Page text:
The Fertility Show, London, 1-3 November 2019
Page URL: https://www.bionews.org.uk/page_145100

Prostate cancer risk doubles for men with BRCA2 mutation

23 September 2019
Appeared in BioNews 1016

A gene mutation previously associated with breast and ovarian cancer has been found to double the risk of prostate cancer among men.

A large-scale study, published in European Urology, found that men with a BRCA2 gene mutation not only have a significantly higher risk of prostate cancer but also tend to develop the disease earlier with more aggressive tumours. The researchers are now calling for Europe-wide annual screening for all men over 40 carrying the BRCA2 gene mutation.

'For women who undergo genetic testing, options are available to them if they carry a BRCA fault, including preventative surgery and increased screening,' said study leader Professor Rosalind Eeles from the Institute of Cancer Research in London. 'But there's no prevention pathway in place if men decide to find out if they're a carrier, which is why our research is so important,' she added.

The three-year 'IMPACT' study looked at around 1400 men from across 65 centres in 20 different countries. The researchers compared the efficiency of yearly PSA (prostate specific antigen) testing to detect prostate cancer in those that have the BRCA2 mutation and those that do not. The researchers found that men carrying the BRCA2 mutation were almost twice as likely to be diagnosed with prostate cancer compared to those without. Carriers were also diagnosed at a younger age (61 compared to 64 in non-carriers) and 77 percent had more aggressive tumours compared with 40 percent of non-carriers, suggesting that men with a BRCA2 mutation could benefit from regular PSA testing. 

'Understanding more about people at higher risk of prostate cancer is an incredibly important area of research,' said Professor Charles Swanton, chief clinician at Cancer Research UK, which funded the study. 'Previous studies have shown that PSA is not a suitable test for screening for prostate cancer in the general population. But we still need to understand whether PSA testing would reduce deaths from the disease in any high-risk groups before we make any recommendation.'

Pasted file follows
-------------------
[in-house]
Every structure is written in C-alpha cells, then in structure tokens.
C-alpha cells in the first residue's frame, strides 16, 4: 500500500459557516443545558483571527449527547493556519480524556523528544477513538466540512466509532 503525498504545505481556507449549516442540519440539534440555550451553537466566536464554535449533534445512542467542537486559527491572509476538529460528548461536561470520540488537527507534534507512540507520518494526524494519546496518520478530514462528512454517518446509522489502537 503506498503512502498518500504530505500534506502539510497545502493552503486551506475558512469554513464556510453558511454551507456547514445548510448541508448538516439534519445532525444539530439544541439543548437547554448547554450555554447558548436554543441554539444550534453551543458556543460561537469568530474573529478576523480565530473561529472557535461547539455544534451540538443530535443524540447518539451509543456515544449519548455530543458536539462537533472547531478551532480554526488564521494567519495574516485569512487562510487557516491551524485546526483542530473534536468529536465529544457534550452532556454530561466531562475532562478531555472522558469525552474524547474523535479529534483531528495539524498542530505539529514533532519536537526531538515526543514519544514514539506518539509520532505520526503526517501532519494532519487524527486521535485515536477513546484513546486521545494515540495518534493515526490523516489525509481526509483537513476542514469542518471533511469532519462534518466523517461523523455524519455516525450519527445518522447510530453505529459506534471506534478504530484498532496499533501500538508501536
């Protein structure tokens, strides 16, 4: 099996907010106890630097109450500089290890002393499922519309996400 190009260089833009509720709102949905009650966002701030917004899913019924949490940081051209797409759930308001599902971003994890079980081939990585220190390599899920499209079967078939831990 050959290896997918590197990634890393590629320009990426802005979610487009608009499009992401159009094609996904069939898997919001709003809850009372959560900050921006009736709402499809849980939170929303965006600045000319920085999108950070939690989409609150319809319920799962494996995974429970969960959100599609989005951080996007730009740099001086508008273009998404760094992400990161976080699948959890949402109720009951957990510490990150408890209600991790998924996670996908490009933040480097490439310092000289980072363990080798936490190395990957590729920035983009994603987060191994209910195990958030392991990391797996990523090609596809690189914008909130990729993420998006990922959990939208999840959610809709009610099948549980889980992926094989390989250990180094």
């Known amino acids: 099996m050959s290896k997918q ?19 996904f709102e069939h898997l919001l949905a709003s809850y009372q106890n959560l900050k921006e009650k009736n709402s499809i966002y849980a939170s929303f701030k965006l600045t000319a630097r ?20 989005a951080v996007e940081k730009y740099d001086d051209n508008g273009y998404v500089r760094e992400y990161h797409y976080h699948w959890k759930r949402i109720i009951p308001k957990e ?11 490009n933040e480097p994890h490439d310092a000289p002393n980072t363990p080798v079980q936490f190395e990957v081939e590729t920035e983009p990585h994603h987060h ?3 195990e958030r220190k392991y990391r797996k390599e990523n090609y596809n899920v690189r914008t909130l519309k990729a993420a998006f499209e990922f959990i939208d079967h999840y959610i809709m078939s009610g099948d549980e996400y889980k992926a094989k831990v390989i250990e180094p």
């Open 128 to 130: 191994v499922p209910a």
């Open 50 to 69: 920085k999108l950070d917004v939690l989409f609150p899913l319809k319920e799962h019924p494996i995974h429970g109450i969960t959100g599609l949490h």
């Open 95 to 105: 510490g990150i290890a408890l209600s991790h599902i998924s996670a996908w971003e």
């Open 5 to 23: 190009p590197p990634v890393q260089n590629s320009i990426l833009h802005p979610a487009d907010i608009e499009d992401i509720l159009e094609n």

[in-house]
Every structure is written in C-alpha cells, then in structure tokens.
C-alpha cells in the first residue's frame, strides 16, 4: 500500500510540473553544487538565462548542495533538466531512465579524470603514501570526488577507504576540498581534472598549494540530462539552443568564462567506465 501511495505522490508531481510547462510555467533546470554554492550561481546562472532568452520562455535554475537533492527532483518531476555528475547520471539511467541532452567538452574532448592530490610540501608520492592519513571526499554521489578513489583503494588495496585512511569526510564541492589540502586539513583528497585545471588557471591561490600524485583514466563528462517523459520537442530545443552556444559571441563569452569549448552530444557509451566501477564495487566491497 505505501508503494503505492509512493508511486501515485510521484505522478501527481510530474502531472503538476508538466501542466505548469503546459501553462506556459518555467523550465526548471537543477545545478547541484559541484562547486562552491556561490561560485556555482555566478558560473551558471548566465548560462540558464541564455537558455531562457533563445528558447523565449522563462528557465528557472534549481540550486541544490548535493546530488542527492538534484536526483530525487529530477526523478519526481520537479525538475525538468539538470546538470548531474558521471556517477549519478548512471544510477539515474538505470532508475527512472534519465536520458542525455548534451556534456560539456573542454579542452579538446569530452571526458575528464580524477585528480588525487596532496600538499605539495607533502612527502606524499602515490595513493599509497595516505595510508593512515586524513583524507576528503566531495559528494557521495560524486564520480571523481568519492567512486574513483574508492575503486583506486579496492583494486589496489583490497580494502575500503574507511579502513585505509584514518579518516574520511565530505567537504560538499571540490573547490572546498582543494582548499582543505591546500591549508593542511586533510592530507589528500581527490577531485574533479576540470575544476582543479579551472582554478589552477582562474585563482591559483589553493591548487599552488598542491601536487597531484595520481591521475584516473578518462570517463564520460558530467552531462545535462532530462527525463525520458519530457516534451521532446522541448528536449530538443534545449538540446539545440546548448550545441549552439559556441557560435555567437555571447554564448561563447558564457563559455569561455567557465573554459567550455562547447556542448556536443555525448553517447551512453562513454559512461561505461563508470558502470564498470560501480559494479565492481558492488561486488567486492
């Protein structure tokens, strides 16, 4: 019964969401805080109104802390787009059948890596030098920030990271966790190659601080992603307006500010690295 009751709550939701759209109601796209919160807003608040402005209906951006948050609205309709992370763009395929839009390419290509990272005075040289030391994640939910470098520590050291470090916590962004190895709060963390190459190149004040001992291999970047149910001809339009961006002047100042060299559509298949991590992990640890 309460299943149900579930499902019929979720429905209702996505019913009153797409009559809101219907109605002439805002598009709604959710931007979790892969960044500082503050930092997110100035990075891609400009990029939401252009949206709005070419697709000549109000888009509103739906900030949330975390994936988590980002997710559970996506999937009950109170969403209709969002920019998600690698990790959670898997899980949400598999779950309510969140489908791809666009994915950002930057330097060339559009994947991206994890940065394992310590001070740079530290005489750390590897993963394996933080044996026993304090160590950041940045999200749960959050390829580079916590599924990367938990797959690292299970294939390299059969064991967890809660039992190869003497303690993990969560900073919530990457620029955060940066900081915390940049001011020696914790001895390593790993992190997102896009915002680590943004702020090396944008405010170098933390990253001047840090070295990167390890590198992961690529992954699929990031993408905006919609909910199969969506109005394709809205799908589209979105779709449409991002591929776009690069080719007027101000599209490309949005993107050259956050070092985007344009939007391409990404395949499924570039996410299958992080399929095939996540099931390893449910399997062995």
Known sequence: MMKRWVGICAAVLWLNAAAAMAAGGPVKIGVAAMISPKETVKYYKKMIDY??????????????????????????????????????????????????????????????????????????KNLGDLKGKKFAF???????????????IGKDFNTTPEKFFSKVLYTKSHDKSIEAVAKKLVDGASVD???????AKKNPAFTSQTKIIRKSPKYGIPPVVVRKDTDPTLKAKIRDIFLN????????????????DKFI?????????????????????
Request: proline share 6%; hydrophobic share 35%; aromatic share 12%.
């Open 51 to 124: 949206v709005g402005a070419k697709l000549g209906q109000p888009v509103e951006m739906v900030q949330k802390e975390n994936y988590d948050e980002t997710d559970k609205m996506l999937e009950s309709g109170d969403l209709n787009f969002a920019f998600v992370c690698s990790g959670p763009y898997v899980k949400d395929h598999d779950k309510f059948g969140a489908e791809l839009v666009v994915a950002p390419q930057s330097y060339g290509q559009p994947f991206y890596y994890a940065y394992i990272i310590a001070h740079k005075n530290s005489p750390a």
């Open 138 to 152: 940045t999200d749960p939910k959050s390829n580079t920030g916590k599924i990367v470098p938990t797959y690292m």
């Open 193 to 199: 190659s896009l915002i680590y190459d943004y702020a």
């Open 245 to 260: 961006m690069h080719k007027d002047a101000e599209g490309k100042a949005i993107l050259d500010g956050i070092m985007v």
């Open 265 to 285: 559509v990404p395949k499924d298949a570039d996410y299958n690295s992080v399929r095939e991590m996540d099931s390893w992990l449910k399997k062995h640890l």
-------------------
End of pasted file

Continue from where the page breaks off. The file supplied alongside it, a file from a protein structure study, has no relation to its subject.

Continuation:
The BRCA2 mutation – carried by around one in 300 white men – is also associated with a 50 to 80 percent risk of developing breast and ovarian cancer in women.

Sarah Coghlan, of the Movember men's health charity, told the Daily Mail: 'Men need to be aware that having a family history of breast or ovarian cancer, could mean they are at greater risk of developing prostate cancer. They need to be asking questions about their own family history and share their own more comprehensively with immediate family members.'
 

RELATED ARTICLES FROM THE BIONEWS ARCHIVE
30 September 2019 - by Jennifer Frosch 
Men who have had fertility treatment to assist conception in the past have a higher risk of developing prostate cancer, a Swedish cohort study has reported...
15 July 2019 - by Dr Katie Howe 
Women who have fewer protective bacteria in the vagina may be at increased risk of developing ovarian cancer, according to new research...
24 June 2019 - by Georgia Everett 
A large international study has identified the cancer risk associated with hundreds of mutations in BRCA genes. The findings will help improve accuracy when interpreting genetic test information on BRCA genes...
13 May 2019 - by Charlott Repschlager 
A mutation that raises a prostate cancer patient's risk of death by threefold has been discovered...
28 January 2019 - by Martha Henriques 
The US Food and Drug Administration has approved a direct-to-consumer genetic test for a hereditary form of colorectal cancer by 23andMe...
HAVE YOUR SAY
Log in to add a Comment.

By posting a comment you agree to abide by the BioNews terms and conditions


Syndicate this story - click here to enquire about using this story.